I'm an IT generalist. I can troubleshoot 801.x authentication based on event logs. I can write basic SQL queries to ascertain if data is there. I know routine basic coding errors in the theory of user authentication.
And that is enough. It is enough for almost anything I get called about. And that is why I am pinged by random people chatting me each day. When I am not enough I get you to the specialists. Because I know they exist. Because I know what I don't.
Ivory is here! Ivory is here! Ivory is here! https://apps.apple.com/us/app/ivory-for-mastodon-by-tapbots/id6444602274
Follow question for the audience related to my earlier VLSI/EDA history spelunking: does anyone who was there at the time (or knows the history well enough) know definitively which chips looked or felt like EDA breakthroughs inside the industry? I’m getting the impression “10,000 transistors” was the sort of late-70s breaking point for human design, but I’m struggling to parse which chips were understood to have clearly pushed past human limits via automation. Or if it was even discernible in a single generation, or more like spread over a few.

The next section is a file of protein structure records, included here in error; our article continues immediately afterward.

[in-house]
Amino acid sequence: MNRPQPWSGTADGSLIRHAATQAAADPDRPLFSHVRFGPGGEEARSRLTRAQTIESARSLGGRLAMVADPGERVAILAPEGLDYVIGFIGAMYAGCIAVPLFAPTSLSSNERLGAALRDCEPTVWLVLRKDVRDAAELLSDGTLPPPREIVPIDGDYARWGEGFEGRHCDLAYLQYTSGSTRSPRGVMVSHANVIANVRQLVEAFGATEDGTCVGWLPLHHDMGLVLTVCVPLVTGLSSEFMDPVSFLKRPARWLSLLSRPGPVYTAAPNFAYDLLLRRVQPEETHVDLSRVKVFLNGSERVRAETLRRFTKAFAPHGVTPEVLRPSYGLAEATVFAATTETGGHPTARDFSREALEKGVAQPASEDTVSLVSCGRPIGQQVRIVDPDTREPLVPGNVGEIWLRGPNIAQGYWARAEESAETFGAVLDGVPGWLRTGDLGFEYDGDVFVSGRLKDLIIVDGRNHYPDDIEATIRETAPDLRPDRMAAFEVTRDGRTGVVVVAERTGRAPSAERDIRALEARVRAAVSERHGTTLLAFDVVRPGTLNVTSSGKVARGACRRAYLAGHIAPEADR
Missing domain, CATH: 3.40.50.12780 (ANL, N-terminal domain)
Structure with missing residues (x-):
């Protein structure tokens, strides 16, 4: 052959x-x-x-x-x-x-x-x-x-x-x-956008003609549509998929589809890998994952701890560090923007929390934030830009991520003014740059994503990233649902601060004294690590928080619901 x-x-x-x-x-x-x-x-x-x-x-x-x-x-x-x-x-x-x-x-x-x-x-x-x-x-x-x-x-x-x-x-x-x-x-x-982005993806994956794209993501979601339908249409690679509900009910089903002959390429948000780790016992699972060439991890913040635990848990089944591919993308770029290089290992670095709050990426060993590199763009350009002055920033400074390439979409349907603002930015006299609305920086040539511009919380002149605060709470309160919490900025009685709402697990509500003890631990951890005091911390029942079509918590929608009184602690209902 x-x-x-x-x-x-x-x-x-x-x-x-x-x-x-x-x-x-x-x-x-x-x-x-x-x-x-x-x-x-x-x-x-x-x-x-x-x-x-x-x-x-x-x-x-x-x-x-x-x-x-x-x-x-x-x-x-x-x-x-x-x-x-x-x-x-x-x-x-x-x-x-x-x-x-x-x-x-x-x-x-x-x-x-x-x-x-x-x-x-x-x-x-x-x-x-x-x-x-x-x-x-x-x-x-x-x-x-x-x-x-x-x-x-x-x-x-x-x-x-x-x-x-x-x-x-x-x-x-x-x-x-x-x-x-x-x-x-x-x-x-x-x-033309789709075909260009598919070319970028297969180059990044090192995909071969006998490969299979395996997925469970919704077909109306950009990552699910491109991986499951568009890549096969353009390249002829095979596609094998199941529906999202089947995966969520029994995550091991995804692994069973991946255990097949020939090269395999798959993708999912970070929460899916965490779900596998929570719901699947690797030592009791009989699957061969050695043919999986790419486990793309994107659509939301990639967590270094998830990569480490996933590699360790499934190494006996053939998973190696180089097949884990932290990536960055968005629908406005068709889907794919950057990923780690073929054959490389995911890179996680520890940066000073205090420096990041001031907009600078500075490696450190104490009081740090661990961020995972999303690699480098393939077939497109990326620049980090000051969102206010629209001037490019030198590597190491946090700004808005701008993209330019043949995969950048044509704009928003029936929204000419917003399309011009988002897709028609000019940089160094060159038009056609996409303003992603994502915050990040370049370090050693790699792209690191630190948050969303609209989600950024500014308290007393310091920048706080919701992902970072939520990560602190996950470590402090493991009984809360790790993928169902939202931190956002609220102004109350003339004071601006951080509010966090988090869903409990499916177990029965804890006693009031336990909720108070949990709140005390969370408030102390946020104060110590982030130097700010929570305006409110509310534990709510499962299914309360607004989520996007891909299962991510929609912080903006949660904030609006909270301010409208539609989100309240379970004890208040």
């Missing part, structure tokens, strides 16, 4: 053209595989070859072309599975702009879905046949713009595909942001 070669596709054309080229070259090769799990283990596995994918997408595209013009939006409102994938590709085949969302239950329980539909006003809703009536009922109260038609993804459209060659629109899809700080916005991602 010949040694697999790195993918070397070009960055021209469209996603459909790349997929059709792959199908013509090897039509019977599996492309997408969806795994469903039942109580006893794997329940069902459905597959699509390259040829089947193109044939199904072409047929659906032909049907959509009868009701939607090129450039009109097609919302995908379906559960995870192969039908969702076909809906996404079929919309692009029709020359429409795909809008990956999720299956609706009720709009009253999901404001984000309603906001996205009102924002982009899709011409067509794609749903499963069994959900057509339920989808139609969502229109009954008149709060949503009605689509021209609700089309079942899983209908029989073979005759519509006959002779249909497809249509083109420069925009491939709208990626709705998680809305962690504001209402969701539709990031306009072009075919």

Like .. it looks like maybe it was around the m68k or ns32k? But I’m not sure.
Well, fuck. The GPT disinformation age is now.
I googled "OS for 4gb ram" and the first hit, which also was used by google to populate its snippet is an answer from quora which is very obviously created with #chatgpt (I recognised the non-committal non-answer a away, but it can also be detected by a popular GPT detector).
The user has 98 answers and, you've guessed it, they are all created with GPT.
PLOT TWIST: The questions where also created with GPT!
My colleague, John F. Hughes, got asked for a paper that he hadn't written. The correspondent replied: "I used the chat.openai to gather new sources that I might have missed during my own scan of literature".